Principal Investigator: Marcus Rogers
Surveys indicate that there is an increasing risk of computer intrusion, computer crime and attacks on personal and business information. Computer criminality is a serious problem that affects individuals, businesses, and our nation’s security. The current study has four specific aims. First, we explore whether deviant computer behavior is part of a larger syndrome of deviance. Much research has shown that non-computer-related delinquent/criminal activities, substance use, and early/risky sexual behavior are typically seen in the same individuals and can be considered part of a larger syndrome of deviance. Second, we examine whether the personality profiles of those committing deviant computer behaviors are similar to the profiles obtained from those who engage in more general deviance. Several meta-analyses have demonstrated that interpersonal antagonism (i.e., lack of empathy, oppositionality, grandiosity, and selfishness) and problems with impulse control are the most consistent personality correlates of a variety of antisocial and deviant behavior. Our third aim is to examine a potentially unique correlate of deviant computer behavior—Asperger’s syndrome. Within the past decade, questions are emerging regarding the possibility of there being a link between computer criminality and a disorder known as Asperger syndrome. Finally, our fourth objective is to further validate certain psychometric instruments for use with the “hacker” sub-culture. Based on this project's preliminary data, the authors applied for a grant to conduct a cross-cultural comparison sample.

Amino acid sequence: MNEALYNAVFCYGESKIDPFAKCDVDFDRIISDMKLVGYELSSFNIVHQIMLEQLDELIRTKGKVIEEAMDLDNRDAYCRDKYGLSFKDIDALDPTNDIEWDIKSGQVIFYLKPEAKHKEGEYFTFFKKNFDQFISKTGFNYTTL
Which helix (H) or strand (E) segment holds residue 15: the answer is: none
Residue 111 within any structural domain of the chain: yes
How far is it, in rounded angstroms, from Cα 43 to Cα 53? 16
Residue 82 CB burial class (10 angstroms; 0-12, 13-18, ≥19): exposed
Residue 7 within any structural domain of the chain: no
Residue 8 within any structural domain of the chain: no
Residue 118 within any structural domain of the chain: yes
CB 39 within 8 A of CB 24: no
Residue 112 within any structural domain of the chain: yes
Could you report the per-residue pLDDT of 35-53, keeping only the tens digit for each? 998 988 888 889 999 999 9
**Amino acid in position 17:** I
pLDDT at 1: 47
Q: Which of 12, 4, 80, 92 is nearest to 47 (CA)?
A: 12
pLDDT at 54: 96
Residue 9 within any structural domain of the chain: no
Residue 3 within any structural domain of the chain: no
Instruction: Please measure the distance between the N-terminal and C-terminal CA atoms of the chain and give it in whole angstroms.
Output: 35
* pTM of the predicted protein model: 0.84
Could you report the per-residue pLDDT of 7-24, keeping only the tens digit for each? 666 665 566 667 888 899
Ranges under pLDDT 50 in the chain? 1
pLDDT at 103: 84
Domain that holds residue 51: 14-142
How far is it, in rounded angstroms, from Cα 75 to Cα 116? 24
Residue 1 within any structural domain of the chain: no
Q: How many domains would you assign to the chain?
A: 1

Other PIs: Dr. Donald Lynam Dr. William Graziano
Students: Kathryn Seigfried-Spellar
Seigfried-Spellar, K. & Rogers, M. (2010). Psychological Assessments and Attitudes toward Deviant Computer Behavior. American Academy of Forensic Sciences Annual Meeting (Feb, Seattle, WA) – no proceedings.
Keywords: Asperger syndrome, hacking subculture, personality profiles